Ask Westerners what their images of Kenya are, and many will describe a land of sweeping savannas, herds of big game, noble hunters and elegant colonial farms. Most have never been to Kenya, but they can still picture it, as seen through the lenses of countless filmmakers.
Lizzie Chongoti, head of the Kenya Film Commission, said big-budget Hollywood films like "Out of Africa" inspire people not only to dream of Kenya, but to visit it.
“When 'Out of Africa' was shot in 1985, a year or two later the number of tourists actually doubled, and it’s because people wanted to come and see this beautiful country that the film had been shot in,” she said. “Countries are still capitalizing on films that were shot in their home countries many, many years ago.”
Hosting a major film production brings other benefits to a country as well, she said, from money spent on hotels and food, to equipment rental and jobs for local actors.
Now all the buzz is around a new film about another Kenyan cultural icon, paleoanthropologist Richard Leakey, to be directed by Angelina Jolie. But like many films about Kenya, there is no guarantee that this film will actually be shot in Kenya.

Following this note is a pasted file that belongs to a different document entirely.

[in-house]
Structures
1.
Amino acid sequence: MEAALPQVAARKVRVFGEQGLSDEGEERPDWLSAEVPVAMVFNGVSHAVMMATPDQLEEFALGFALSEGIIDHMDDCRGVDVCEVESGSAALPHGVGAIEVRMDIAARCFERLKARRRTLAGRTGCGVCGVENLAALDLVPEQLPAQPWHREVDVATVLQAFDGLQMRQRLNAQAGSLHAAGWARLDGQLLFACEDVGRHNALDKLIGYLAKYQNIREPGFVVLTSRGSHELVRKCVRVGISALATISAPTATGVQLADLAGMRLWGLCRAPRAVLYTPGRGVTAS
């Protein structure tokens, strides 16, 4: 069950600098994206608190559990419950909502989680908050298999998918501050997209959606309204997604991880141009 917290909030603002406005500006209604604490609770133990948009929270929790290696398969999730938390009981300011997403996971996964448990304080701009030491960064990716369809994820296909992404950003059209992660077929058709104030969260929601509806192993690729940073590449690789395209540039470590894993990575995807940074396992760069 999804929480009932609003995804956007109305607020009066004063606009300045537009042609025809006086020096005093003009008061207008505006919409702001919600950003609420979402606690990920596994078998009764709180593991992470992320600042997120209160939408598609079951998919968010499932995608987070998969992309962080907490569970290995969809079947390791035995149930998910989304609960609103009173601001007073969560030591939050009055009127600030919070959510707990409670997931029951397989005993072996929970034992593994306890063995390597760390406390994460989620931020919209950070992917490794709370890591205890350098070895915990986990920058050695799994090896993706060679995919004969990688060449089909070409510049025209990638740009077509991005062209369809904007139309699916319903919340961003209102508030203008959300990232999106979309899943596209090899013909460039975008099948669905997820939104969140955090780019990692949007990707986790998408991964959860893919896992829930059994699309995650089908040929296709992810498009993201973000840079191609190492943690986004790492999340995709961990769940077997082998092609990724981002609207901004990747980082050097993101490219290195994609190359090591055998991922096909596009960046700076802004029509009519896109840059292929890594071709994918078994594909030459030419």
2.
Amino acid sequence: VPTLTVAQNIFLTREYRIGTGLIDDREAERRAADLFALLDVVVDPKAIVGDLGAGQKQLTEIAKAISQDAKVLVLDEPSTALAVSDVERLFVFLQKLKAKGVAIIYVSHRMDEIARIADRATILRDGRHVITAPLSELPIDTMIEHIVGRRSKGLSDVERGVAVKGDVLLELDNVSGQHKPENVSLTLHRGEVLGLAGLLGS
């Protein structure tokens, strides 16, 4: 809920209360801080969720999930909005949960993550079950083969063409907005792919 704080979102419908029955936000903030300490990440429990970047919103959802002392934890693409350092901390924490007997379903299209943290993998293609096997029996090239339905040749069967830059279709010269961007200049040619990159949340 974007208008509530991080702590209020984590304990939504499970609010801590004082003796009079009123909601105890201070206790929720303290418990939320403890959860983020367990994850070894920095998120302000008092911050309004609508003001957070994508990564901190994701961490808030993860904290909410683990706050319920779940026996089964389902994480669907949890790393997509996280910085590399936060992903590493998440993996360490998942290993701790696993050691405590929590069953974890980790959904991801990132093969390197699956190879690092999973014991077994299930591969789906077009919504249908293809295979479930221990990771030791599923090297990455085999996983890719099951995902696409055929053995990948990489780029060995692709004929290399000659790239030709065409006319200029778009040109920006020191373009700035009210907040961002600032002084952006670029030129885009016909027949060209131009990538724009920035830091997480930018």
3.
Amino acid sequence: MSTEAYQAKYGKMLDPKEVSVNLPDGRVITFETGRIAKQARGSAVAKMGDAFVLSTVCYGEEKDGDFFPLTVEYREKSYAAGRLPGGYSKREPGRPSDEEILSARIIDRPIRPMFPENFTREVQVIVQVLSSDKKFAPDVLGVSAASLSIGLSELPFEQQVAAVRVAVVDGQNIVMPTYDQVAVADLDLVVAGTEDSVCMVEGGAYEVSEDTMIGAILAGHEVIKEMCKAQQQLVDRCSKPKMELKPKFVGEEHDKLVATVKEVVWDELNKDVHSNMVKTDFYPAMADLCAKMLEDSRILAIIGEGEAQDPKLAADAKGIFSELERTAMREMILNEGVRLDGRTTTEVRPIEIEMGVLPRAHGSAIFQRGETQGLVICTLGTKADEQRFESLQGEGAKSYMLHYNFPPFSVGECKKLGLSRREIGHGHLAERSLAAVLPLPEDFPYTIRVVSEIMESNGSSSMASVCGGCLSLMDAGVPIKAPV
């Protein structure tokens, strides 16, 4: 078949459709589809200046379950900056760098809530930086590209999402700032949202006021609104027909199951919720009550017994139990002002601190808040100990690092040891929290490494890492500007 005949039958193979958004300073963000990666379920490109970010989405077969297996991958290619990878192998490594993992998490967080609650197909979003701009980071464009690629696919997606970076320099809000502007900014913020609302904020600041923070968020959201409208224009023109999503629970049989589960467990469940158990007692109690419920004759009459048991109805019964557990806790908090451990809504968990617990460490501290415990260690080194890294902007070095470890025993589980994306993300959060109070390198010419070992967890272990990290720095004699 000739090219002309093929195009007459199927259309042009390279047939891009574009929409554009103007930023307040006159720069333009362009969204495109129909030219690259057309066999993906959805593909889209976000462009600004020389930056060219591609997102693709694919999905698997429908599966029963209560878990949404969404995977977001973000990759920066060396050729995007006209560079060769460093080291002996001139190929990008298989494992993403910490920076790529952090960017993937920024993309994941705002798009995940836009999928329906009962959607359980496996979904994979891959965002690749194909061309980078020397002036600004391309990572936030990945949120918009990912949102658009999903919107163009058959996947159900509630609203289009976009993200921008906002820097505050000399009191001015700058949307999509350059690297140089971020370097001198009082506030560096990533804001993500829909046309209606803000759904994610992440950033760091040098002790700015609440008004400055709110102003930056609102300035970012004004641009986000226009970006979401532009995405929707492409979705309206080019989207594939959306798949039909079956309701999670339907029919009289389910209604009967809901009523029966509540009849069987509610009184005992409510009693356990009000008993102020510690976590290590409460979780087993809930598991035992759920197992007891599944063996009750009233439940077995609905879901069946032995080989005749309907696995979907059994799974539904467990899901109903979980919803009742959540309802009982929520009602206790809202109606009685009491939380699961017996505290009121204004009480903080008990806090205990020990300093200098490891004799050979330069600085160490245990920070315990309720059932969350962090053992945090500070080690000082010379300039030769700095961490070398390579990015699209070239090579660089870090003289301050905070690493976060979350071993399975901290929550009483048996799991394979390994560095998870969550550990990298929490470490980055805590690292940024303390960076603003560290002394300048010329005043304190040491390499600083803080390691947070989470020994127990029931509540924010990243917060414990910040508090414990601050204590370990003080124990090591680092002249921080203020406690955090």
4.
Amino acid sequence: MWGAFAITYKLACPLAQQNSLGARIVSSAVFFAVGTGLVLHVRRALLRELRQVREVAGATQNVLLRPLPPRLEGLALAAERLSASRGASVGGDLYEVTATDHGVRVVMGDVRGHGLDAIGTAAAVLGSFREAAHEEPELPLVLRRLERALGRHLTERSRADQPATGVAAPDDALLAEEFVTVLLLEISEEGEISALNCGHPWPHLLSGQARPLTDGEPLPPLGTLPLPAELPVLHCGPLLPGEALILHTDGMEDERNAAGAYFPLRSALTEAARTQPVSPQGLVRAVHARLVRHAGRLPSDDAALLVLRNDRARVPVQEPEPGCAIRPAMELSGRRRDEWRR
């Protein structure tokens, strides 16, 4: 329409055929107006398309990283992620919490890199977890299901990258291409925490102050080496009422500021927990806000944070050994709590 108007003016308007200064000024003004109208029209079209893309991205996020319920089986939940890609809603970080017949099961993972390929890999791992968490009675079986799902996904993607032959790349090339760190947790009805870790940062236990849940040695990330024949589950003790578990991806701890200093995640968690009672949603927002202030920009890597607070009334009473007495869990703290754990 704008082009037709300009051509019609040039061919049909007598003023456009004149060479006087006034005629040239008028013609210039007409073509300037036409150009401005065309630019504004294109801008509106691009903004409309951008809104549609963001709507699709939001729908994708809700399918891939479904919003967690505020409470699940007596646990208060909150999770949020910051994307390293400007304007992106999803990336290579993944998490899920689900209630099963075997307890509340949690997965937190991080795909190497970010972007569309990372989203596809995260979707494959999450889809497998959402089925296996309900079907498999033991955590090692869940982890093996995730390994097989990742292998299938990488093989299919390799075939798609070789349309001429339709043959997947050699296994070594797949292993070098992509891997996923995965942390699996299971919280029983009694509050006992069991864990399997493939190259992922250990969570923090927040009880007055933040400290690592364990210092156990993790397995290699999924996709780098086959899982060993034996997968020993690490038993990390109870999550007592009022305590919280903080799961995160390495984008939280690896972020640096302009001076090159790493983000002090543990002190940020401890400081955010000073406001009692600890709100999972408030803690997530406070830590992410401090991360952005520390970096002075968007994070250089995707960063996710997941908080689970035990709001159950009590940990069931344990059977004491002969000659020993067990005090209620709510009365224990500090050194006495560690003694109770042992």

Kenyan producer Jenny Pont has been working with international film crews since the 1980s. She said all the best films about Kenya have been shot in the country, including "The Constant Gardener" and "In a Better World." Until recently, she added, it was a popular location to make movies.
“We have the equipment, we have great crews, we have wonderful actors, and of course our locations are incomparable,” Pont said. “We had maybe three feature films a year.”
But the last shooting of an international feature film on Kenyan soil was in 2011. It has become increasingly difficult to attract big productions, Pont said, mainly because South Africa offers more tempting financial incentives. One example: The South African government will pick up 25 percent of the production cost.
The Kenya Film Commission is trying to put together an incentive package of its own that could be as generous as South Africa’s, Pont said, although the government has yet to approve such a package.
Chongoti said there are a number of steps Kenyan authorities can take to make an international film crew’s job easier, including issuing special visas and streamlined permits. But a film’s location, she admitted, is ultimately dictated by money.
“At the end of the day it’s a business decision, so it’s really up to us to put enough reasons on the table as to why it would be advantageous to have it in Kenya,” she said.
As for Jolie’s latest film, Pont is not optimistic.
“I know she’s been here and I know she loves this country, but for that much publicity to be out and nobody has been approached in this country, I’m pretty sure it’s going to be made in South Africa, which is a great shame,” she said.
Until Kenya is willing to invest more in its film industry, Pont said, foreign producers will continue to find their iconic Kenyan landscapes elsewhere.